An encaustic art group where a couple of thousand artworks are available to browse.

Flickr Gallery 2

Encaustic enthusiasts show their latest masterpieces.

Flickr Gallery 3

Including many abstract examples.

Lisa Kairos

A blog belonging to an encaustic artist which displays finished pieces.

Google Images

Always a good place to find endless photos from around the web.

Wax Painting on Glass

Glass isn't absorbent but this beautiful art shows you what can be achieved.

100 Layers of Wax

Amazing modern art made by carving into a huge number of layers.



Some Methods To Experiment With:



The photo below shows a 2nd century painting called 'Portrait of a Boy', seen at the Metropolitan Museum of Art NYC.

This is a very old example of encaustic art on a wood base, which shows the age of this art form.


Photograph by Jorge Elías.

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More Fun Techniques To Try:


Product Recommendation:

Encaustic Gesso


As mentioned above, the board or other surface you are going to paint wax onto will need to be primed before you start. Usually this is done with a very smooth layer of wax which is fused to the surface, but using encaustic gesso is an alternative.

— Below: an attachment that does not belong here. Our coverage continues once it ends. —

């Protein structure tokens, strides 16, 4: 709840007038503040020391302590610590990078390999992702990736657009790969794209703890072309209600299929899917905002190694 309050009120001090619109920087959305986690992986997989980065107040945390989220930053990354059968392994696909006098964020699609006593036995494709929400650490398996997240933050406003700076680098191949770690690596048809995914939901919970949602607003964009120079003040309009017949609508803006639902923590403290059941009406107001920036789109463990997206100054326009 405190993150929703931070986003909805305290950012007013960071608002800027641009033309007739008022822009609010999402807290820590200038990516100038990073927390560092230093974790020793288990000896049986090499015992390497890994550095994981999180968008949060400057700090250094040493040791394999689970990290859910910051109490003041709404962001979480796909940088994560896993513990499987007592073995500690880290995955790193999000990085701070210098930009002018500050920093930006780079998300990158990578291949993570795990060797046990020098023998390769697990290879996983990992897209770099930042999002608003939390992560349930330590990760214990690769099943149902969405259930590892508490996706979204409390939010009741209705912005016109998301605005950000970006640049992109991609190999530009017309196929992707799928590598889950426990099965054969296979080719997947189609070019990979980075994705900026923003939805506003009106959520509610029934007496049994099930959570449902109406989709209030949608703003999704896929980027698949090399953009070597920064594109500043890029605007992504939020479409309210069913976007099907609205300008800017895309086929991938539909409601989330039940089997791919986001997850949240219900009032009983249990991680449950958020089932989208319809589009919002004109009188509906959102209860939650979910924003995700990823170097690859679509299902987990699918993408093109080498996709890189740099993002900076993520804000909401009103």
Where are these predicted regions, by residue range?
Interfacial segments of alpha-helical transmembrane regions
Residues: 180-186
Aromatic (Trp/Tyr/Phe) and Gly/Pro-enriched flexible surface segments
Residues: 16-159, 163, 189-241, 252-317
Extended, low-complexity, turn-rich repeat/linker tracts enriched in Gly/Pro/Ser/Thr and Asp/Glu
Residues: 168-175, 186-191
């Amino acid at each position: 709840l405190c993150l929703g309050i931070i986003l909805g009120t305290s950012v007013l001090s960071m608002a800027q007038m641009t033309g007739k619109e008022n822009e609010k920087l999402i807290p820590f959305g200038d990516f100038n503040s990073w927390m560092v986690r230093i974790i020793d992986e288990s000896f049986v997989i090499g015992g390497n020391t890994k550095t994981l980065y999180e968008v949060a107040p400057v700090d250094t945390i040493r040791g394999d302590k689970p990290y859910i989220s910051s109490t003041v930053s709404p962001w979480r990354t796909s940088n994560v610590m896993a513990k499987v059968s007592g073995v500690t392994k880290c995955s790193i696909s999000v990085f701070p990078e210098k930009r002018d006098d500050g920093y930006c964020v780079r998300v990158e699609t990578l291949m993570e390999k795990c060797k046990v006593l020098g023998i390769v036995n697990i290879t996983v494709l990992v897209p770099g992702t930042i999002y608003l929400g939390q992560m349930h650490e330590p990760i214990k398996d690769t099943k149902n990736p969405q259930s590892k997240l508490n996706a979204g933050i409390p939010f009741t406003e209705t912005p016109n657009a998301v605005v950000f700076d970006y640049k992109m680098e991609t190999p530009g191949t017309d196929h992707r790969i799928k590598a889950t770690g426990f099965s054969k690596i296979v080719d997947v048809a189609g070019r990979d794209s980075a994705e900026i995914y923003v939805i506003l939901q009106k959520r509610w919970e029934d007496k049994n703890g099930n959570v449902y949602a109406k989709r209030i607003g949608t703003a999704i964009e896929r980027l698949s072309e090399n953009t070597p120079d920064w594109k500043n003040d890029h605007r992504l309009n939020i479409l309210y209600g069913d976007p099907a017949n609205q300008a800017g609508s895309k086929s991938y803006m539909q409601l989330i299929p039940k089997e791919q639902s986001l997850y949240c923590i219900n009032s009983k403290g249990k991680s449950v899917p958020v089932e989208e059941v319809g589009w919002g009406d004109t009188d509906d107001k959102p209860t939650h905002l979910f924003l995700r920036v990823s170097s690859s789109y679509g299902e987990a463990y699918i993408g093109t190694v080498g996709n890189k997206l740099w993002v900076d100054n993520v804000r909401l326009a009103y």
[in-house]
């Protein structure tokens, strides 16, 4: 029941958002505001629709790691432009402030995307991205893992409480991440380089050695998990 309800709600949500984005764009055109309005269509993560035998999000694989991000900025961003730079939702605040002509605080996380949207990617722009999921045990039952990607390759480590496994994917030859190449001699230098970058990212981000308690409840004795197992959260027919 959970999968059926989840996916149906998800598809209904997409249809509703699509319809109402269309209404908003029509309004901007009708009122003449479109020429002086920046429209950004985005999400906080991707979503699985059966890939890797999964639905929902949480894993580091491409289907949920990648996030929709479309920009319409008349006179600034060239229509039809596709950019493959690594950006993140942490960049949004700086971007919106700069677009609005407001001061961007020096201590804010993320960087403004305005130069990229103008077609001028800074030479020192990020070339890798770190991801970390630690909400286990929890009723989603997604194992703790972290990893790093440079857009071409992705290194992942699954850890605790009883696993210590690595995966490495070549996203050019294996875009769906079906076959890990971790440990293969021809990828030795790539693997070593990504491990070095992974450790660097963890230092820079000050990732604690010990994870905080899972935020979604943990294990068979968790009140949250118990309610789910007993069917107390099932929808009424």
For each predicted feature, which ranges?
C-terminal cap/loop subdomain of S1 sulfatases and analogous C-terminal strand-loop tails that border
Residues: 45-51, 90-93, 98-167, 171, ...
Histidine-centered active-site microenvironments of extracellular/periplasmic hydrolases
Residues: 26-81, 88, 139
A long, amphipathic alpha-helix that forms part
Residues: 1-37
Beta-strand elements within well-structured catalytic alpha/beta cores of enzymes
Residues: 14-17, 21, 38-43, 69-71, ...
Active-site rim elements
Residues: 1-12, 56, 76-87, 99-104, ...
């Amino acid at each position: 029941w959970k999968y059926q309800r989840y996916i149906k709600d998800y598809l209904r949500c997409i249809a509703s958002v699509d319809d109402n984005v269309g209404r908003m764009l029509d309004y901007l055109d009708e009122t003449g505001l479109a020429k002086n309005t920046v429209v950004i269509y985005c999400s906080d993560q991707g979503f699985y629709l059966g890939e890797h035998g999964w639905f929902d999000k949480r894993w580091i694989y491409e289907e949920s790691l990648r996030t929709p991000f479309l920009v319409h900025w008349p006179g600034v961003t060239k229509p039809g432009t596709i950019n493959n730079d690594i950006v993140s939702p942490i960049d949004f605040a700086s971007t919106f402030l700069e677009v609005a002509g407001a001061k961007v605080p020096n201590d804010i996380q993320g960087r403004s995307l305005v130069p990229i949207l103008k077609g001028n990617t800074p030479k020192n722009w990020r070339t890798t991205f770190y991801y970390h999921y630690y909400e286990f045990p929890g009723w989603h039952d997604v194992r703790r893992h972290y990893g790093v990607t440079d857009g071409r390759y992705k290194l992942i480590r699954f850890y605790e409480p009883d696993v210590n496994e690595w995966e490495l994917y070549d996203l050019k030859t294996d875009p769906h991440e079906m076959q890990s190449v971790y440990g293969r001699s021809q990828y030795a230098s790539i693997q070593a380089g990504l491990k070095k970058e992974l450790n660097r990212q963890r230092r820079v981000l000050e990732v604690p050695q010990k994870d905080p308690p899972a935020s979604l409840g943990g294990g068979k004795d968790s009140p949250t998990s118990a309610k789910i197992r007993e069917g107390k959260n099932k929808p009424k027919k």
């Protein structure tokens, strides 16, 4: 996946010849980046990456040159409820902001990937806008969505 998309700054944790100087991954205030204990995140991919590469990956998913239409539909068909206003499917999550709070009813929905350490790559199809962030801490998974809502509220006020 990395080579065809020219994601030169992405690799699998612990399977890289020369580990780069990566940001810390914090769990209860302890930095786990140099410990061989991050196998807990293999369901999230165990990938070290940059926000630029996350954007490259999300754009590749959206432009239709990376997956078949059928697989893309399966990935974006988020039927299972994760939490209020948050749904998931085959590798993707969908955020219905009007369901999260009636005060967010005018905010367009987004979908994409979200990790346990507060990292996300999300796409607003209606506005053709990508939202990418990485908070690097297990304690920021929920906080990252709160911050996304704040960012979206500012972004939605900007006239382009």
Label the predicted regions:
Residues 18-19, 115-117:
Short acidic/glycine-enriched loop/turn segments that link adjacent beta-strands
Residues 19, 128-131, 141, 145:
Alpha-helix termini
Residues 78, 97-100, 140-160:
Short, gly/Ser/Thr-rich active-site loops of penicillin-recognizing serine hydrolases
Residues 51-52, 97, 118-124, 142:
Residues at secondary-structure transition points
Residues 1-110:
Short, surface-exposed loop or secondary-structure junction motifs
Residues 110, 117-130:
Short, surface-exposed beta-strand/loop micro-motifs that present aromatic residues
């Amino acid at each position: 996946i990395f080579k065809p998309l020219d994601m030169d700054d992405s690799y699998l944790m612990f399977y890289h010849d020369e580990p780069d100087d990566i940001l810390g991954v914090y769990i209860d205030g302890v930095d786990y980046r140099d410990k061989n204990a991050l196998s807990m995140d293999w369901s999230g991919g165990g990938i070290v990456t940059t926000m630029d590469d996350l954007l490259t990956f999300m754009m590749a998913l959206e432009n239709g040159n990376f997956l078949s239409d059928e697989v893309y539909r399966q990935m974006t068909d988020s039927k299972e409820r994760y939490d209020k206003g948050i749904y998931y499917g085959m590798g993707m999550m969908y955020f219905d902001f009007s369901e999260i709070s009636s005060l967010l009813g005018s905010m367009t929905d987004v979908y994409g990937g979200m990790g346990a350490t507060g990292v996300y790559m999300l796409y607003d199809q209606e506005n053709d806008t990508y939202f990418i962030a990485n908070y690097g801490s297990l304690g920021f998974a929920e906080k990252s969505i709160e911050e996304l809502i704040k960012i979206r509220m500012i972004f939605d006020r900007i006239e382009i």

Gesso is used like a paint and is applied with a brush to prime a surface. Gesso is normally white in color and needs to be brushed all over the surface to make it more absorbent as well as easier for paints and other media to adhere to.


Gesso is the best choice to use as a primer for encaustic painting if you intend to add your own art in acrylic/oil/gouache/watercolor paints, charcoals, pastels or other media before adding wax on top.



Photograph by Cynthia.

I love the idea of embedding ferns and lavender in the wax.



Creative Method Ideas:


Collage and Enclosures

How to embed collage papers and other objects.

Photocopy Image Transfers

Tips on adding photocopied images to your art.

Encaustic Printmaking

Beautiful monoprints made with glass and paper.

Beginning Intarsia

A technique used to create outlines and details within the wax.

A Collection of Projects

Examples include embedding coffee grounds, pebbles and collage papers into wax.